How can trainees network toward desired non-academic careers?
Networking for research careers is built into the scientific endeavor. Presenting posters, talking with seminar speakers, and attending scientific meetings are all great opportunities for networking. If you are moving outside of research then you will have to be more proactive in finding networking opportunities. Depending on your career of interest, you may be able to find people in your local area with whom you can network via informational interviews. Make sure you ask who else you should speak with at the end of the each interview so that you come away with a couple of more names to expand your network. You can also look for conferences in your career of interest—for example, many science writers attend the National Association of Science Writers meeting. The AAAS meeting is also a great resource for science policy and science communication, while broader impact professionals attend the National Alliance of Broader Impacts meeting. I received my first internship by attending the AAAS meeting in order to have lunch with a potential mentor. At the time it was a stretch financially, but I slept on a friend’s floor and met people who are still in my network.
How can graduate students and postdocs make their resumes stand out for specific non-academic careers?
If you are going into a non-research career then you will need a resume, which is very different from an academic CV. Resumes present information in reverse chronological order, and often have a goal statement at the top. For a resume, you can tweak the goals to fit the organization you are applying to. Under each position, you should have a bulleted list of your major accomplishments. Also, you may want to highlight volunteer positions as well as paid positions you have held if relevant to the career path you want to pursue. Most importantly, to really make your resume stand out make sure that it is accompanied by a well-written, specific cover letter that highlights and elaborates on the items in your resume that are relevant to that particular position announcement.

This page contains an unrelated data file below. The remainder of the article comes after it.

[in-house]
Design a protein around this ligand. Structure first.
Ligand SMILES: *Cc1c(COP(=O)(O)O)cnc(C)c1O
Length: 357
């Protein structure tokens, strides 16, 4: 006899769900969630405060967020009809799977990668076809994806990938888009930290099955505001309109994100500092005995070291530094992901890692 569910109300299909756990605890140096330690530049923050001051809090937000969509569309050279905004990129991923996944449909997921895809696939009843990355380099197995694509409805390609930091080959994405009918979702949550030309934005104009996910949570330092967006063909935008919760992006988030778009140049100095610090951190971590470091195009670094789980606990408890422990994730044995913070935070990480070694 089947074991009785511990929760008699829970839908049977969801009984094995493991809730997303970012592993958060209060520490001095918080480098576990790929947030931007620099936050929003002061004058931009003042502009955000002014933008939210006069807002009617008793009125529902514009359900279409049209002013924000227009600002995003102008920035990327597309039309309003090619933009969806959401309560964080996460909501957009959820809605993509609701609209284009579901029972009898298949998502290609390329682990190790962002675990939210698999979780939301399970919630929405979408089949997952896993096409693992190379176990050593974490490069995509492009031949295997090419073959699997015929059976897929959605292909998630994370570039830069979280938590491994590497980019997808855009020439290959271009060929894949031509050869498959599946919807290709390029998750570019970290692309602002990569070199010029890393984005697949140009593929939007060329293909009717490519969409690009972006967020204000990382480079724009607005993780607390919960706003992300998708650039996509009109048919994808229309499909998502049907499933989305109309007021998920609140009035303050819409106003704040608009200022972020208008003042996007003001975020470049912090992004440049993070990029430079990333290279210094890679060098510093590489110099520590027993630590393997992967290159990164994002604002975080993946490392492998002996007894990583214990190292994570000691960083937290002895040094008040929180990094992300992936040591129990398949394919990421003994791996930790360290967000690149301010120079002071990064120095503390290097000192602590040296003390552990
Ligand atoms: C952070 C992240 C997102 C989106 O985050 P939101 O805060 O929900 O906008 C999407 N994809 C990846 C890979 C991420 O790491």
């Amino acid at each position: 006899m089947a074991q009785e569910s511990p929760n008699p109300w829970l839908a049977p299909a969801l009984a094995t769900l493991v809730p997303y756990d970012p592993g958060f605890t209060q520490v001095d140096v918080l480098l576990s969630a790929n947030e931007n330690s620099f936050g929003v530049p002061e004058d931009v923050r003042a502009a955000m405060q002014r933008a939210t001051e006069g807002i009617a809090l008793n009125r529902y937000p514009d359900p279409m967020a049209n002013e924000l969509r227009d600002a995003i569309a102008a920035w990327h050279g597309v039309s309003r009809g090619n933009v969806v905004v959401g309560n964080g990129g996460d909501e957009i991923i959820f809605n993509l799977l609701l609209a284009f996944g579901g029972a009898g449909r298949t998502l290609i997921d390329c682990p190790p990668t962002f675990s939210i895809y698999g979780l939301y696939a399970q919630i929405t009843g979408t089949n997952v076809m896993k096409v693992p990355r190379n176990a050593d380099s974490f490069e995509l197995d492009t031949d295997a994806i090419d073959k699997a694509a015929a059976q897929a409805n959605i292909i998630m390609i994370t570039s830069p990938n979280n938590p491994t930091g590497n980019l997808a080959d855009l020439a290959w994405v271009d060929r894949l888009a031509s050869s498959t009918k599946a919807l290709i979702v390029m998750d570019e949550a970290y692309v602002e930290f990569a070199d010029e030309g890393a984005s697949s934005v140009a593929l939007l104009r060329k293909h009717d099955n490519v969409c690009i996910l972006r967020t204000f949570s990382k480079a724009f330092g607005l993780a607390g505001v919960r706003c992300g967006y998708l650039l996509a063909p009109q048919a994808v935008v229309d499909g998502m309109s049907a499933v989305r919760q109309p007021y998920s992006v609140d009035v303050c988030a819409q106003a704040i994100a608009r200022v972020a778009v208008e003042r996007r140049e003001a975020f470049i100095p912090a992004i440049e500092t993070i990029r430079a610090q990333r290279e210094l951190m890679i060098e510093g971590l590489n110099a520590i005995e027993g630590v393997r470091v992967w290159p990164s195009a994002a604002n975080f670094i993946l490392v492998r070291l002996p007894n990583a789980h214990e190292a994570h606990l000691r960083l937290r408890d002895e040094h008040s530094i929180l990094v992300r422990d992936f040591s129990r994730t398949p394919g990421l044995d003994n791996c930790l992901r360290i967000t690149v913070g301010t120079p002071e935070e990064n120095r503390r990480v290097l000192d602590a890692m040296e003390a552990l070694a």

Shugart’s responses provide a useful guide for young trainees considering non-academic career paths. In summary, graduate students and postdocs should develop a resume, seek to differentiate themselves from their peers via relevant activities, seek opportunities in their desired career path, participate in informational interviews, and network with people who are currently in their desired field of work. Finally, they should take full advantage of the career resources that ASCB offers them both at the annual meeting and year-round, as described in this interview.
About the Author:
Adriana Bankston is a Principal Legislative Analyst in the University of California (UC) Office of Federal Governmental Relations, where she serves as an advocate for UC with Congress, the Administration, and federal agencies. Prior to this position, Adriana was a Policy & Advocacy Fellow at The Society for Neuroscience (SfN), where she provided staff support for special and ongoing projects, including SfN’s annual lobby event and the society’s annual meeting. In addition to working at UC, Adriana also serves as Vice-President of Future of Research, and is Chief Outreach Officer at the Journal of Science Policy and Governance. Adriana obtained her PhD in Biochemistry, Cell and Developmental Biology from Emory University and a Bachelor’s in Biological Sciences from Clemson University.
Christina Szalinski is a science writer with a PhD in Cell Biology from the University of Pittsburgh.